When looking at the history of name changes, one of the most common changes to city names seems to be the replacement of K with J and Q. For example, the spelling "Peking" has been changed into "Beijing", Nanking into Nanjing, Chungking into Chongqing, etc. But my question is why exactly has K been replaced with J and Q in so many Chinese city names? K sounds nothing like those letters in Chinese. Even the city name "peking" (and its varieties) when borrowed into English or other languages sounds more like "pe-king" and "beijing" more like "peiching". Why exactlly has Chinese replaced so many Ks in city names with Js and Qs? What's the historical reason?

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    IPA, e.g.: /p/ vs. /p‘/ or /tɕ/ vs /tɕ‘/
    – Mou某
    Commented Mar 2 at 21:10
  • Yeah that's what I meant Commented Mar 2 at 21:24
  • It is simply a case of double standard. For example, of all the official names of university of mainland China that are translated into English, only the two based in the capital city, namely, 北京大学 and 清华大学, still keep their old version, Peking U and Tsinghua U respectively. Commented Mar 4 at 4:09

3 Answers 3


"Peking", "Nanking", and "Chungking" are Chinese postal romanisations of the pronunciations based on Ming-era and Qing-era Nanjing Mandarin. This is a different dialect of Mandarin than what the Pinyin system (used to transcribe Standard Chinese) is based on, which is 20th century Beijing Mandarin.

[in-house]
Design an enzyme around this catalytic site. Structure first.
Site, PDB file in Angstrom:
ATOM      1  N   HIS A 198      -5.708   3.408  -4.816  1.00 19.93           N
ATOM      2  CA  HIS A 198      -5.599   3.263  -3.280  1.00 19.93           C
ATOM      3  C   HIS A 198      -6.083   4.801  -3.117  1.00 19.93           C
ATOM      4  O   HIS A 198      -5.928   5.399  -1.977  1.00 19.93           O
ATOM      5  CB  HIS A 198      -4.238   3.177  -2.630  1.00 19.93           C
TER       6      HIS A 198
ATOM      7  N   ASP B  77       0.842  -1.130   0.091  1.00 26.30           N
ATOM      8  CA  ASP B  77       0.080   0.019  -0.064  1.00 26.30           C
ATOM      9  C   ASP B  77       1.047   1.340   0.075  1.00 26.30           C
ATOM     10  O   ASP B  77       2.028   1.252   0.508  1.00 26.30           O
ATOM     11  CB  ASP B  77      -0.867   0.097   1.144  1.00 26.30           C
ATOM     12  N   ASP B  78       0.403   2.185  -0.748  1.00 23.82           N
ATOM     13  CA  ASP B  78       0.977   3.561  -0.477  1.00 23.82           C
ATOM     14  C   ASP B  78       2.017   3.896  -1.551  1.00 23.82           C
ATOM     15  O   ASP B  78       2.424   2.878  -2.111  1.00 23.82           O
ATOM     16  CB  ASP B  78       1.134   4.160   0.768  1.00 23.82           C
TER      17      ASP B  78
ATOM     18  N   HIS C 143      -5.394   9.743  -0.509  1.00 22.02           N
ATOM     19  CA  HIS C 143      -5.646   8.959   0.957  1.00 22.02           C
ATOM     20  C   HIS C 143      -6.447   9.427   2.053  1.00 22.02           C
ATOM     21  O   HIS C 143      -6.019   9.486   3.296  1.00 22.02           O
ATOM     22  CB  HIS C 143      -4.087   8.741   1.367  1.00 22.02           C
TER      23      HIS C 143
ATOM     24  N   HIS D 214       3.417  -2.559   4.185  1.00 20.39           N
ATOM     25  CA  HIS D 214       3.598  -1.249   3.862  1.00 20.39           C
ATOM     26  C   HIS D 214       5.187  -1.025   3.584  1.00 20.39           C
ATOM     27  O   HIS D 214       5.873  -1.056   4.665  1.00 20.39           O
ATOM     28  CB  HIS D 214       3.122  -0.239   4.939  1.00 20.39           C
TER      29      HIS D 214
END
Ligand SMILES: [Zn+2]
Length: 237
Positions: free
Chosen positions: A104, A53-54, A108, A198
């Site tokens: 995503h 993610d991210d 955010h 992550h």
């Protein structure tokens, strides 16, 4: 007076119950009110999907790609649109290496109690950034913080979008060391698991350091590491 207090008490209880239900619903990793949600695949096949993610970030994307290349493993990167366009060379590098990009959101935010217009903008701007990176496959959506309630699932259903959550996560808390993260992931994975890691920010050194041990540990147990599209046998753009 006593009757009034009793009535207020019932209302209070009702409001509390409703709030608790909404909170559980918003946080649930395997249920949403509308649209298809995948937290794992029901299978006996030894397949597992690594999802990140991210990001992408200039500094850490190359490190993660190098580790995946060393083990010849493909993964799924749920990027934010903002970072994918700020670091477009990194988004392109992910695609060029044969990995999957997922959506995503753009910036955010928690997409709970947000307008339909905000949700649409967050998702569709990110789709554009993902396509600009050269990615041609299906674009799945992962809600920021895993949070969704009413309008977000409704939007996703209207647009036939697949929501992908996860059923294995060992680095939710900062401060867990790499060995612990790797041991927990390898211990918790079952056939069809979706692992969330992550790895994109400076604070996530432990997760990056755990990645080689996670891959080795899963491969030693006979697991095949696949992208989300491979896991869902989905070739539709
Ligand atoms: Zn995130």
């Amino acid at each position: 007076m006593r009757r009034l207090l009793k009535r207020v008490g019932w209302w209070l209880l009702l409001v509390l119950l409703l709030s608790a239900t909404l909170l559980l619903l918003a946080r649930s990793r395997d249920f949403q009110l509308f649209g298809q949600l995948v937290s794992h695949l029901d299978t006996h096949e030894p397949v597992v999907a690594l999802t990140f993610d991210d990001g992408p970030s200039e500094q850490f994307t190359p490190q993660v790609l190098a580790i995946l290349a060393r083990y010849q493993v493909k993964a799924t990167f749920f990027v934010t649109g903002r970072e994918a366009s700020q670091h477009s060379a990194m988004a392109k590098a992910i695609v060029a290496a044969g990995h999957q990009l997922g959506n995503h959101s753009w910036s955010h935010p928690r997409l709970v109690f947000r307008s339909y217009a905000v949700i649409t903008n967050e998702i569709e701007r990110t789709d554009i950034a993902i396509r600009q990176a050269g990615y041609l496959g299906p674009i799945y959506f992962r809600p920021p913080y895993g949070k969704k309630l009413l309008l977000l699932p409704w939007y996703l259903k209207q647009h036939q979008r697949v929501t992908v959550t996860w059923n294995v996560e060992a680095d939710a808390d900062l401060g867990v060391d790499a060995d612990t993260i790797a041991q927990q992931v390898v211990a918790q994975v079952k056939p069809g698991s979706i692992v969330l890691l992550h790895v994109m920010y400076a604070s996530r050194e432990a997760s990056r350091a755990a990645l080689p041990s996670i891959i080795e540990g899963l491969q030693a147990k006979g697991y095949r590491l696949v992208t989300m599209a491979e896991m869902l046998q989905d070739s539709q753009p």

As an approximation, you can expect Ming/Qing-era Nanjing Mandarin to be somewhere in-between Middle Chinese (MC) and Modern Nanjing Mandarin. Example IPA are given below (tones omitted):

  • 北京 (Pinyin: Beijing, Postal romanisation: Peking):
  • 南京 (Pinyin: Nanjing, Postal romanisation: Nanking):
    • ZR MC: /nʌm kˠiæŋ/
    • Modern Nanjing dialect: [lã tɕĩ]
  • 重慶 (Pinyin: Chongqing, Postal romanisation: Chungking):
    • ZR MC: /ɖɨoŋ kʰˠiæŋ/
    • Modern Nanjing dialect: [ʈʂʰõ tɕʰĩ]
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    Is the n in nanjing/nanking really pronounced l? Commented Mar 3 at 15:36
  • @AkshatGoswami that's not what "Modern Nanjing dialect: [lã tɕĩ]" says or implies. Nanjing (pinyin, based on modern Beijing dialect) or Nanking (Postal romanisation, based on Ming/Qing Nanjing Mandarin) does not represent the modern Nanjing Mandarin dialect.